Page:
(Read below for updates.) Recently, a thief broke into my brother’s house. They weren’t home, so no one was physically hurt. However, the shock of the crime still caused emotional pain.
The thief didn’t take too much, mostly just small things he could carry, but now they wonder if the guy will strike again in a couple months with a truck and a better plan. They worry about whether he’s been watching them and their comings and goings. And they’re asking themselves if they could have prevented it.
Crimes create victims, often in unpredictable ways. Last week, a blogger was outed as a plagiarist. Terrell Mims stole the content of his blog from Cracked.com, About.com, and other sources on the web.
I vaguely knew him from Twitter, and I’d visited his blog once or twice. I thought the material sounded familiar, but I read a lot of blogs, so I figured I must have read that article before. I had—on Cracked—but I didn’t realize it at the time.
He stole material from other hard-working writers and passed it off as his. He advertised his editing services to take advantage of people who were impressed by his blog. He got other writers to support him, retweet his blog links, add him to their blog roll, “like” his Facebook page, include his posts in their link roundups, give him blog awards, etc.
In other words, the trail of his victims stretched far beyond those he stole material from. He stole an undeserved reputation.
That reputation allowed him to take money from editing clients. He set other writers on the wrong path with his idiotic advice because he couldn’t duplicate his “expertise” in real-world situations.
That reputation allowed him to take time and attention from deceived writers who befriended him. He took opportunities away from other more-deserving writers.
That reputation was a lie. And every single person who believed in him is now a victim of betrayal.
Yes, copying and pasting on the internet is insanely easy. But it’s also very easy to get caught. And it’s almost as easy to properly attribute material to the original source. Anyone who copies and pastes onto another location on the internet will be caught eventually.
Every so often, I create Google Alerts for unique phrases in my blog posts. This same technique can alert you if a scammer scrapes your entire blog to make their spam site look legit. And if I’m using this method, you know the big blogs are too. Maybe the question in the title should be “How Stupid Is Plagiarism?”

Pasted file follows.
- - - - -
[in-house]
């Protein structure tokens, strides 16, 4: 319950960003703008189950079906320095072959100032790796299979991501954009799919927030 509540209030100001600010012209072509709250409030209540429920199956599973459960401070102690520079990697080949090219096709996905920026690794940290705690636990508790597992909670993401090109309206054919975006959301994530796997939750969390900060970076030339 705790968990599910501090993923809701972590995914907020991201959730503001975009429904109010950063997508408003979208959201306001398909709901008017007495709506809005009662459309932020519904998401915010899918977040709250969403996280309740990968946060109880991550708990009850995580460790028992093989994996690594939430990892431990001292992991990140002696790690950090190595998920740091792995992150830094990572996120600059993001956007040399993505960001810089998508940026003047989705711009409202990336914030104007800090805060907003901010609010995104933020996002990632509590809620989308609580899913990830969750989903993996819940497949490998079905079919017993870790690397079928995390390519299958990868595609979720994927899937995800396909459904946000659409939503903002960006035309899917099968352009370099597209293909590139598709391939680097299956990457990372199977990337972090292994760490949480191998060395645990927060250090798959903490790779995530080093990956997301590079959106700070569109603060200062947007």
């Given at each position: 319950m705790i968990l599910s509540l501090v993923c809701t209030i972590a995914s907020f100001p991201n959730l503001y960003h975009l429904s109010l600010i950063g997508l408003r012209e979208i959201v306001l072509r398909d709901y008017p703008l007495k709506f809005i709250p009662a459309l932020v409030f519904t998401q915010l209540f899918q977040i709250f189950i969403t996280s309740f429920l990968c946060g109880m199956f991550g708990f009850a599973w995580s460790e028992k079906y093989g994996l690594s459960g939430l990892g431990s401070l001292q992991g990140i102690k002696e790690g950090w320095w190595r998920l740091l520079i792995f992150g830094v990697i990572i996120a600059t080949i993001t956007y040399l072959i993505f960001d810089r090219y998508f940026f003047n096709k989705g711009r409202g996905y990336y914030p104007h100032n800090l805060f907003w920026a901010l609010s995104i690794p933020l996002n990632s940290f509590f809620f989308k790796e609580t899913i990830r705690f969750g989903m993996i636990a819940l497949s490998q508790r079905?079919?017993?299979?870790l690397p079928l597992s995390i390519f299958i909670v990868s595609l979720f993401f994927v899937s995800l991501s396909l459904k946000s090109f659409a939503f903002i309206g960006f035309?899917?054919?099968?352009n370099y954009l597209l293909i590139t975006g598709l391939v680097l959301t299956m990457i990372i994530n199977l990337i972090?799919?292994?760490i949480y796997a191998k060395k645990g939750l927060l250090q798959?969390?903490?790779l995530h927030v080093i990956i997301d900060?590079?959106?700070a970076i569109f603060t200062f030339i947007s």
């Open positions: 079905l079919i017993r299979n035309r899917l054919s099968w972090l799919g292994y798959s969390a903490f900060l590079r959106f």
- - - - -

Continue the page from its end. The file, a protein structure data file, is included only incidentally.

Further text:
If I were alone in the writing world, this would have been a gossipy type story and nothing more. But I have very good friends who were blindsided by this betrayal. Rather than spend their weekend writing, they were removing links to his now-closed blog, erasing all connections to him, and trying to undo any wonky changes his poor advice had prompted in their work.
Just like my brother, everyone who believed in him wonders if they could have prevented this. They also wonder how they could have been so misled. But Terrell alone deserves the blame. The fact that he succeeded with his intention to deceive them is not a reflection on their ability to judge someone’s character.
The good news is that many of my friends who were betrayed have banded together, stronger than ever, with a “we survived Terrell” attitude. As I mentioned in my last post, the power of blogging and social media for writers is the social aspect—the concept of a tribe.
One of his victims, Kristen Lamb, commented on the post that exposed this crime:
“Plagiarism is the treason of the literary world and needs to be met with swift justice. … Thank you … for bringing this disgusting behavior into the light. We have to watch out for each other.”
That we do. Also, use Google Alerts. *smile*
(01/22/2013 Update: Turns out Terrell Mims re-emerged on Twitter—even going so far as to ingratiating himself in with the same group of writers he victimized before—under a new name, Chris DeLaune. Thanks to my commenter below for the heads up. Here’s the Storify of the Twitter confrontation with Terrell/Chris.
01/24/2013 Update: Here’s my follow-up post with more links to Terrell/Chris’s confrontation with his plagiarism victims, as well as an update on his one-week-old plagiarism of a Forbes article and his current status.)
Did you know Terrell or had you heard about his crime? Have you ever been a victim of a crime like this? Was your material stolen or were you betrayed? Do you have Google Alerts set for phrases on your blog?Pin It